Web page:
The raids carried out in connection with an FIR (RC-10/2017/NIA/DLI of May 30, 2017) registered in Delhi to block hawala funding to Kashmir separatists, yielded a cash of Rs 2.20 crore and “a load of incriminating documents”, as a Jammu newspaper put it. Seizures include bank account details, off shore travel details, phones and laptops too.
The next day raids continued. In Delhi, Kashmir Bar Association leader Mian Abdul Qayoom was being questioned for the whole day, he was then released after two days, as the sleuths in Srinagar were scanning the homes of Agha Syed Hassan in Srinagar and Ghulam Nabi Sumji in Bejbehara. At 11 places in Kashmir, Jammu and Gurgaon, raids were carried out.
People generally remained indifferent towards the raids since May as there was no reaction. But it has started impacting life now. The High Court is not functioning as lawyers are on strike against their leader being summoned to Delhi. Separatists have already called for a day long strike on Sunday. The first reaction came in Budgam when the followers of Agha protested marking an early return of NIA from the town. On Friday, the town was on protest – a rare occasion, as lot of Shia Muslim clerics came to Srinagar for a symbolic protest.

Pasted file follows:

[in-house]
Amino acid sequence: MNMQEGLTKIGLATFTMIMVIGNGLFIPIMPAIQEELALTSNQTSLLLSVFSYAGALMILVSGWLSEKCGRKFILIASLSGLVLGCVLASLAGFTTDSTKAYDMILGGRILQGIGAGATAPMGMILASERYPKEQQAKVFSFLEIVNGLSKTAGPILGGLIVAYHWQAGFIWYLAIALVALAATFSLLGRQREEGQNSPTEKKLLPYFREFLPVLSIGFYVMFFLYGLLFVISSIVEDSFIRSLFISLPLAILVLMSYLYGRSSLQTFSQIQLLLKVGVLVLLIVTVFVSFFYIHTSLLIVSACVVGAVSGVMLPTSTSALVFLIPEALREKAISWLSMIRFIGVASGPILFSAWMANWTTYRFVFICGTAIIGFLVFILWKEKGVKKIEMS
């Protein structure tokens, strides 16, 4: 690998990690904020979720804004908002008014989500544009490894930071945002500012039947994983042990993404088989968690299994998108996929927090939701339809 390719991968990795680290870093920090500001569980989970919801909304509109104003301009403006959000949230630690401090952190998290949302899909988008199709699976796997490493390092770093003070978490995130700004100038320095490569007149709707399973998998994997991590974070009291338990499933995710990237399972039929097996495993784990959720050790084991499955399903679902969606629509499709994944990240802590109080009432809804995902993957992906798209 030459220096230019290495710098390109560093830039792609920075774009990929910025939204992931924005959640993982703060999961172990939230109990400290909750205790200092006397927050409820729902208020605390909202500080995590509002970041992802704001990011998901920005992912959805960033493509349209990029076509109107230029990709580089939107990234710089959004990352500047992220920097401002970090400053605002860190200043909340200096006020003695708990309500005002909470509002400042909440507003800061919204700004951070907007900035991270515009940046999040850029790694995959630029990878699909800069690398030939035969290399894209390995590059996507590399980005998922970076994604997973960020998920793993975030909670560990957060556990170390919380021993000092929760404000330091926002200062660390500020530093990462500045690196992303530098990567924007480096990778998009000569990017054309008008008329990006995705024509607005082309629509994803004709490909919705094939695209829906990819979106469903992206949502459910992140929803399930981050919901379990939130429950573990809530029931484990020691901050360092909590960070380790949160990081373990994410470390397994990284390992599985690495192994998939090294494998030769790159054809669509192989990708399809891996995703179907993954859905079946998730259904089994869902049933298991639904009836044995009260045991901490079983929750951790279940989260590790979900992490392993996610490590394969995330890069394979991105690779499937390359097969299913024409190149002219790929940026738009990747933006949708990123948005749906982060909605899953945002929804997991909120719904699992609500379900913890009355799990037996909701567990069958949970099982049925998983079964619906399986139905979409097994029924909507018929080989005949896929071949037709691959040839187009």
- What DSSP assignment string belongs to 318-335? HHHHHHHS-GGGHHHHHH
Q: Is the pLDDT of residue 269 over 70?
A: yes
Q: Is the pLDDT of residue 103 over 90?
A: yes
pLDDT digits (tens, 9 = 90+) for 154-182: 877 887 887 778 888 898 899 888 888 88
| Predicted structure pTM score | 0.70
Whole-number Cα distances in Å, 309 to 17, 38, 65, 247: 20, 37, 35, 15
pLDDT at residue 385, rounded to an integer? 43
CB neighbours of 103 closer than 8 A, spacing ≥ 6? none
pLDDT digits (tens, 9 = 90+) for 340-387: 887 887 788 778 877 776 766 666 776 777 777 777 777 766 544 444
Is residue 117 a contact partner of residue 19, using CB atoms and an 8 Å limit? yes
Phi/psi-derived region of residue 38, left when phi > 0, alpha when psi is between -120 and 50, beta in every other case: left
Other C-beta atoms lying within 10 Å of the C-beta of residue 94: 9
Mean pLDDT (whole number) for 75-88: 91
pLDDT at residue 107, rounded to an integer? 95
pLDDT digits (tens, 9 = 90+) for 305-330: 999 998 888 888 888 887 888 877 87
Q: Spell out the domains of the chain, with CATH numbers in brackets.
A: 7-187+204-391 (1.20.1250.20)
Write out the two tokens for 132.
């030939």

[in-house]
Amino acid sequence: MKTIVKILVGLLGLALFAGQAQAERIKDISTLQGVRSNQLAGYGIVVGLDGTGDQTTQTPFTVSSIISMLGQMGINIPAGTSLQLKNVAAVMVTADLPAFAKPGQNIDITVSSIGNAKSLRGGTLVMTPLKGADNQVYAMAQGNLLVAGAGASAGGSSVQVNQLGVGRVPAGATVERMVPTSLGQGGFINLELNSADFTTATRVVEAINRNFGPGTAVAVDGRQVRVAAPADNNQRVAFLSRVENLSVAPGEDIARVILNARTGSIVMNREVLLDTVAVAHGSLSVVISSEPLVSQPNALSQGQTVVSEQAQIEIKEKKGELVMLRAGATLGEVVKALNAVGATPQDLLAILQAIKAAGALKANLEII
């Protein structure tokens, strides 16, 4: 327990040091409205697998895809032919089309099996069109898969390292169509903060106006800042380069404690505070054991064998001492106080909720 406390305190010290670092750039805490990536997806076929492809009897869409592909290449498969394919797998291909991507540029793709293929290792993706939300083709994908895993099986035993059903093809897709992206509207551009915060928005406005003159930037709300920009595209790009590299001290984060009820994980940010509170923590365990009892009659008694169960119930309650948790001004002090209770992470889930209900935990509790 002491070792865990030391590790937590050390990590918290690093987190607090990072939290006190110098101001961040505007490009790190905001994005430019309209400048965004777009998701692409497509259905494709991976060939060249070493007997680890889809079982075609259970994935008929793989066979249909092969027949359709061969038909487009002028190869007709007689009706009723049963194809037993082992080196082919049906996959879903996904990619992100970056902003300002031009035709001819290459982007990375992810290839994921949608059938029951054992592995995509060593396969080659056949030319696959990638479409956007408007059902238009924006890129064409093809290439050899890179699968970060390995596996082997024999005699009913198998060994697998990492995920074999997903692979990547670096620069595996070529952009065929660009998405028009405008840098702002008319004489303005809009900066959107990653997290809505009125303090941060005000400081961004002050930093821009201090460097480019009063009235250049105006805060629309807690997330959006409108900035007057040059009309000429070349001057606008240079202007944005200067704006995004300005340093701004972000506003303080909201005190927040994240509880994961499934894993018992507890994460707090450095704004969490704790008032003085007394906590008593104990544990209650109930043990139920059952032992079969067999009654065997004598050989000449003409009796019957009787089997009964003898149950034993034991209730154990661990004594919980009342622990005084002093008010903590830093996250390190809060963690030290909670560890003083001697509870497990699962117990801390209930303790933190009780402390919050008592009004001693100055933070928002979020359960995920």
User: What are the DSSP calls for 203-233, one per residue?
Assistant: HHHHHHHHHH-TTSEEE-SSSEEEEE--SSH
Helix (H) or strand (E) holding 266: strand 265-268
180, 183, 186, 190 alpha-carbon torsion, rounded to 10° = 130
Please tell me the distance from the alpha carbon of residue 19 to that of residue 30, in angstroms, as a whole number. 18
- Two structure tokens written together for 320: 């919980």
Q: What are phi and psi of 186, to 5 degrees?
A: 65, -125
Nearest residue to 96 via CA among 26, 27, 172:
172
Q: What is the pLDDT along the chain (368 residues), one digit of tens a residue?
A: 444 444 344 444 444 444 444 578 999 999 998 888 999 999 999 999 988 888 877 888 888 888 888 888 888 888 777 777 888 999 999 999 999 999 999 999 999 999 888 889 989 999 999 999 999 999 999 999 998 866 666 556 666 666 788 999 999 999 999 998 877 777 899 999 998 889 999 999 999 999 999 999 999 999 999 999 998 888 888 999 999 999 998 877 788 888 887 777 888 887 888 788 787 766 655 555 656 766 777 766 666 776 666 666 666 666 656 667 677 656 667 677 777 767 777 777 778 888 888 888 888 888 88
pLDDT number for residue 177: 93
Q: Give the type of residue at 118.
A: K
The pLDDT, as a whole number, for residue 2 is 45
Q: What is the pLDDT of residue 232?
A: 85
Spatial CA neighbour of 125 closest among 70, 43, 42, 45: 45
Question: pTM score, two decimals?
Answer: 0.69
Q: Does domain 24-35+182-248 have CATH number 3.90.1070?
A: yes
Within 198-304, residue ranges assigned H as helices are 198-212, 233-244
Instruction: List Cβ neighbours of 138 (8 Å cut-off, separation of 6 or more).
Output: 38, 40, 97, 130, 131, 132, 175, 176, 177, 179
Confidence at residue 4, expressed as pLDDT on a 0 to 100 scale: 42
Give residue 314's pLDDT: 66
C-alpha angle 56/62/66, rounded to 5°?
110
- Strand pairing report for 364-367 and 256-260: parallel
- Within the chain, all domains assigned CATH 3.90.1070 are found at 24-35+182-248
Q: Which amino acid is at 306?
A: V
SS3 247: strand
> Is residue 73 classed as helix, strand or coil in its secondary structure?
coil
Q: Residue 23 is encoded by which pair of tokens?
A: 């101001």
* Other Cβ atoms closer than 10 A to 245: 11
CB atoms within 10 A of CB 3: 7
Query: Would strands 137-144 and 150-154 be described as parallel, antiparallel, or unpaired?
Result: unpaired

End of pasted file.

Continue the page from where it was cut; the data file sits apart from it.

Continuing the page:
All these developments took place in the backdrop of reports that one of the already detained persons in the formal custody of NIA has turned an approver. Already seven separatist leaders, businessman Zahoor Watali and a freelance photo journalist Kamran Yousuf are with NIA.
Malik moved out of jail the next day. Though it is yet not known if the government will permit them to fly to Delhi and open a new front for Delhi in Delhi. Incidentally, the Home Minister Rajnath Singh is scheduled to fly to J&K for four daysThis will be followed by the visit of Dr Manmohan Singh as well.
The Home Minister’s visit had led to certain optimism initially. It had its roots in the utterances of Prime Minister Narendra Modi. On August 15, 2017, from the ramparts of Red Fort, Modi had famously said: “Na gaali, na goli, parivartan hoga gale laga ke (Neither bullets nor brickbats will solve the Kashmir issue, only love will). I want to tell the youth of Kashmir. Come into the mainstream, you have a right to speak in a democracy.”
Perhaps it was in backdrop that the PDP in Srinagar had started managing an audience. It seemed the party was busy preparing a public rally to offer an audience to Singh, to recreate the Vajpayee moment, or at least a bit of it. Even the informal channels from Delhi were suggestive of possibilities of Delhi opening up part of its cards.